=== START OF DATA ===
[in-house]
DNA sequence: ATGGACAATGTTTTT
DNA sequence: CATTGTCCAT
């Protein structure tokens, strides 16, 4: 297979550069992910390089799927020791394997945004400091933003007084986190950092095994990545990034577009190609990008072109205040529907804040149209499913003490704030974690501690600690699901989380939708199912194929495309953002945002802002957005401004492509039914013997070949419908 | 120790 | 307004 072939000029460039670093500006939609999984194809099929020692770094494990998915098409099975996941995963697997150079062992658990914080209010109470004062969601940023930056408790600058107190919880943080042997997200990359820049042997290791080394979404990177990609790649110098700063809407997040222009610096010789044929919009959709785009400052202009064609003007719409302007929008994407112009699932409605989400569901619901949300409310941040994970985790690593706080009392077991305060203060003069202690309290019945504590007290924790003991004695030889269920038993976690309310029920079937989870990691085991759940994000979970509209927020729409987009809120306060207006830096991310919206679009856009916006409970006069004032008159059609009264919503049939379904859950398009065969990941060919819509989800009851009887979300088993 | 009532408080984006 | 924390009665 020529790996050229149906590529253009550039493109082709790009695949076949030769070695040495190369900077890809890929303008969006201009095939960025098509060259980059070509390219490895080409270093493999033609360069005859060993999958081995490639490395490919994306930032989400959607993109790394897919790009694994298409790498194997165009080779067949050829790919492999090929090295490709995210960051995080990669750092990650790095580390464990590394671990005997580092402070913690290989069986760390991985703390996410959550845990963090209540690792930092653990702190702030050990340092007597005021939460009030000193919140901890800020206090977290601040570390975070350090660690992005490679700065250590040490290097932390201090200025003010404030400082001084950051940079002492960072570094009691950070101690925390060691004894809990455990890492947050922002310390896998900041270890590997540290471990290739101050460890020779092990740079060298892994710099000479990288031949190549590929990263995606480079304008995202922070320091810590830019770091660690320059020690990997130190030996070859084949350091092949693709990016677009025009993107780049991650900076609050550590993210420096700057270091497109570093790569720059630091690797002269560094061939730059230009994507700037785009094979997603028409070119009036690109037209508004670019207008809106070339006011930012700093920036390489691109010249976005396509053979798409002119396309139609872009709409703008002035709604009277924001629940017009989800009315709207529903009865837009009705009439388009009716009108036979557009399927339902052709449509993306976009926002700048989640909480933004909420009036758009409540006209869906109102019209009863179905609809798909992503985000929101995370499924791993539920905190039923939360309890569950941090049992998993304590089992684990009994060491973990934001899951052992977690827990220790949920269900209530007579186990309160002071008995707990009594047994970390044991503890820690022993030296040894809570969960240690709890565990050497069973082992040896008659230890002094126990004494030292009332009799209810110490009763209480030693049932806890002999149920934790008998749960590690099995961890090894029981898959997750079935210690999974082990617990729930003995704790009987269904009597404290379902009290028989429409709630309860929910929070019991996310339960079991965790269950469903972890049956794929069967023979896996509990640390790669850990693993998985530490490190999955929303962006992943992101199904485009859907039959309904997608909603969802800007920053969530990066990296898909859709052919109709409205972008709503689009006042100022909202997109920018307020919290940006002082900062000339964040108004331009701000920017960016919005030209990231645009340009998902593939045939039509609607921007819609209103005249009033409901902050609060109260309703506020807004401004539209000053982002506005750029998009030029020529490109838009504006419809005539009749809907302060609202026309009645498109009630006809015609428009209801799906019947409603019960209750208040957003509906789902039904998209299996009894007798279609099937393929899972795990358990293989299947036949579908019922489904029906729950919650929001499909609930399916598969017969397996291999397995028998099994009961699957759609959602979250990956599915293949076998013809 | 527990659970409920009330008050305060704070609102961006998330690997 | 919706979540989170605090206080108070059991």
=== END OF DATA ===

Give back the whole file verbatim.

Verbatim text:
[in-house]
DNA sequence: ATGGACAATGTTTTT
DNA sequence: CATTGTCCAT
């Protein structure tokens, strides 16, 4: 297979550069992910390089799927020791394997945004400091933003007084986190950092095994990545990034577009190609990008072109205040529907804040149209499913003490704030974690501690600690699901989380939708199912194929495309953002945002802002957005401004492509039914013997070949419908 | 120790 | 307004 072939000029460039670093500006939609999984194809099929020692770094494990998915098409099975996941995963697997150079062992658990914080209010109470004062969601940023930056408790600058107190919880943080042997997200990359820049042997290791080394979404990177990609790649110098700063809407997040222009610096010789044929919009959709785009400052202009064609003007719409302007929008994407112009699932409605989400569901619901949300409310941040994970985790690593706080009392077991305060203060003069202690309290019945504590007290924790003991004695030889269920038993976690309310029920079937989870990691085991759940994000979970509209927020729409987009809120306060207006830096991310919206679009856009916006409970006069004032008159059609009264919503049939379904859950398009065969990941060919819509989800009851009887979300088993 | 009532408080984006 | 924390009665 020529790996050229149906590529253009550039493109082709790009695949076949030769070695040495190369900077890809890929303008969006201009095939960025098509060259980059070509390219490895080409270093493999033609360069005859060993999958081995490639490395490919994306930032989400959607993109790394897919790009694994298409790498194997165009080779067949050829790919492999090929090295490709995210960051995080990669750092990650790095580390464990590394671990005997580092402070913690290989069986760390991985703390996410959550845990963090209540690792930092653990702190702030050990340092007597005021939460009030000193919140901890800020206090977290601040570390975070350090660690992005490679700065250590040490290097932390201090200025003010404030400082001084950051940079002492960072570094009691950070101690925390060691004894809990455990890492947050922002310390896998900041270890590997540290471990290739101050460890020779092990740079060298892994710099000479990288031949190549590929990263995606480079304008995202922070320091810590830019770091660690320059020690990997130190030996070859084949350091092949693709990016677009025009993107780049991650900076609050550590993210420096700057270091497109570093790569720059630091690797002269560094061939730059230009994507700037785009094979997603028409070119009036690109037209508004670019207008809106070339006011930012700093920036390489691109010249976005396509053979798409002119396309139609872009709409703008002035709604009277924001629940017009989800009315709207529903009865837009009705009439388009009716009108036979557009399927339902052709449509993306976009926002700048989640909480933004909420009036758009409540006209869906109102019209009863179905609809798909992503985000929101995370499924791993539920905190039923939360309890569950941090049992998993304590089992684990009994060491973990934001899951052992977690827990220790949920269900209530007579186990309160002071008995707990009594047994970390044991503890820690022993030296040894809570969960240690709890565990050497069973082992040896008659230890002094126990004494030292009332009799209810110490009763209480030693049932806890002999149920934790008998749960590690099995961890090894029981898959997750079935210690999974082990617990729930003995704790009987269904009597404290379902009290028989429409709630309860929910929070019991996310339960079991965790269950469903972890049956794929069967023979896996509990640390790669850990693993998985530490490190999955929303962006992943992101199904485009859907039959309904997608909603969802800007920053969530990066990296898909859709052919109709409205972008709503689009006042100022909202997109920018307020919290940006002082900062000339964040108004331009701000920017960016919005030209990231645009340009998902593939045939039509609607921007819609209103005249009033409901902050609060109260309703506020807004401004539209000053982002506005750029998009030029020529490109838009504006419809005539009749809907302060609202026309009645498109009630006809015609428009209801799906019947409603019960209750208040957003509906789902039904998209299996009894007798279609099937393929899972795990358990293989299947036949579908019922489904029906729950919650929001499909609930399916598969017969397996291999397995028998099994009961699957759609959602979250990956599915293949076998013809 | 527990659970409920009330008050305060704070609102961006998330690997 | 919706979540989170605090206080108070059991």